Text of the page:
The 5-7 Mizzou Tigers — 1-7 in conference play, and clocking in at #6 in the SEC East — weren’t the SEC’s most worthless football team in the 2015 season. That honor went to South Carolina (3-9 overall, and dead last in the East Division).
So why are Tigers players slated to receive an ESPY at the ESPN awards ceremony this year?
Aw, you know why. Because members of the team boycotted practice and refused to play in the final games of the 2015 season, as a show of solidarity with a highly organized racial protest movement. (See here as well.)
Alert readers will remember that hunger-striker Jonathan Butler, a graduate student at Mizzou who was protesting a laundry-list of -isms, turned out, as such protesters do, to be the son of a wealthy executive. Much of the dossier compiled against the university by “protesters,” meanwhile, turned out to be trumped-up nonsense.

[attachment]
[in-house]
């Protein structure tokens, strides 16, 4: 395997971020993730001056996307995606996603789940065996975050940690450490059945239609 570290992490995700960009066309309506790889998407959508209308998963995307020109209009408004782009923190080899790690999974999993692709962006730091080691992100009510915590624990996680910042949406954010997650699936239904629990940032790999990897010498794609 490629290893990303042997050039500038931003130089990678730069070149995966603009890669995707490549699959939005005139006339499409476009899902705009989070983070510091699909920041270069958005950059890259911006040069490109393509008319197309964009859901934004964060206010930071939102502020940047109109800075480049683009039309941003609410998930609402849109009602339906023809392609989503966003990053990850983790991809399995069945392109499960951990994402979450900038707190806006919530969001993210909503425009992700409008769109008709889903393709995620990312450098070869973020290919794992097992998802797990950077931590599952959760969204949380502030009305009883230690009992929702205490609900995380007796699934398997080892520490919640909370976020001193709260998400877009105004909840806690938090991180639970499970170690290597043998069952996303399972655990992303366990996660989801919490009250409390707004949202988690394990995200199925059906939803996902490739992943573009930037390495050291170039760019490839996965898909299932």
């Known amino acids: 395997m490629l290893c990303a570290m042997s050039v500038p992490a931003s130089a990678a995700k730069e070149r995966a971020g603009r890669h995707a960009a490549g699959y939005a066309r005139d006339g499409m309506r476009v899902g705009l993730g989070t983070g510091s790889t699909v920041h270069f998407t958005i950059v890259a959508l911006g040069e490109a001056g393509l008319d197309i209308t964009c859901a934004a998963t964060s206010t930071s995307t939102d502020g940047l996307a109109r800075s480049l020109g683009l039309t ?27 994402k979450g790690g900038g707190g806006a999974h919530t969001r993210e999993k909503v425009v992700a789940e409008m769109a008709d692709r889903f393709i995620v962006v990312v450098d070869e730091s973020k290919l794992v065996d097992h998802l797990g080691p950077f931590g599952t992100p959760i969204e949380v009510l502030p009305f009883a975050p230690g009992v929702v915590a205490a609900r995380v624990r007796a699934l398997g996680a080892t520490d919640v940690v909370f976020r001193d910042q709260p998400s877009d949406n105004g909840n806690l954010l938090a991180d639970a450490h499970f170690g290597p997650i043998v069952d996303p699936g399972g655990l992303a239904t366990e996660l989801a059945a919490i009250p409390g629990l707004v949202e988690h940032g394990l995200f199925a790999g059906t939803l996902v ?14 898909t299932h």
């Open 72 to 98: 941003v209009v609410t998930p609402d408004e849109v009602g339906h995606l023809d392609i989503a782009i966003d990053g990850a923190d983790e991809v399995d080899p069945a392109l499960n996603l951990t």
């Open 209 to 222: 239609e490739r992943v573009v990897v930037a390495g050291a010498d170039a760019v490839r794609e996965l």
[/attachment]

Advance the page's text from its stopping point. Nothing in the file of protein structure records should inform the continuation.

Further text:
A great time was assuredly had by all. The most significant outcome so far, noted by Howard Portnoy in January, has been a dramatic drop in applications for enrollment at Missouri. Indeed, applications from black students dropped the most — by 19% between the 2015 and 2016 academic years. It seems not all black students are enthusiastic about walking into a political buzzsaw, and perhaps being expected to concentrate on protest activities rather than on pursuing studies and getting degrees.
But ESPN is going to redeem the whole sordid mess for posterity, by conferring the Stuart Scott ENSPIRE Award on the football team’s protesting players. Campus Reform notes the following:
One player told ESPN at the time [of the boycott] that several players and coaches were “pissed,” and that the protest would not have happened if the team was 9-0.
ESPN’s other interesting choices recently have included giving Caitlyn Jenner (nee Bruce Jenner) the 2015 Arthur Ashe Award for Courage.
The first Stuart Scott ENSPIRE Award was made last year, after popular broadcaster Scott died of a rare appendiceal cancer in January 2015, at the far too young age of 49. The Stuart Scott Award is part of the ESPN group of Sports Humanitarian of the Year Awards, and in 2015 went to the You Can Play Project, “an advocacy organization that combats homophobia in sports.”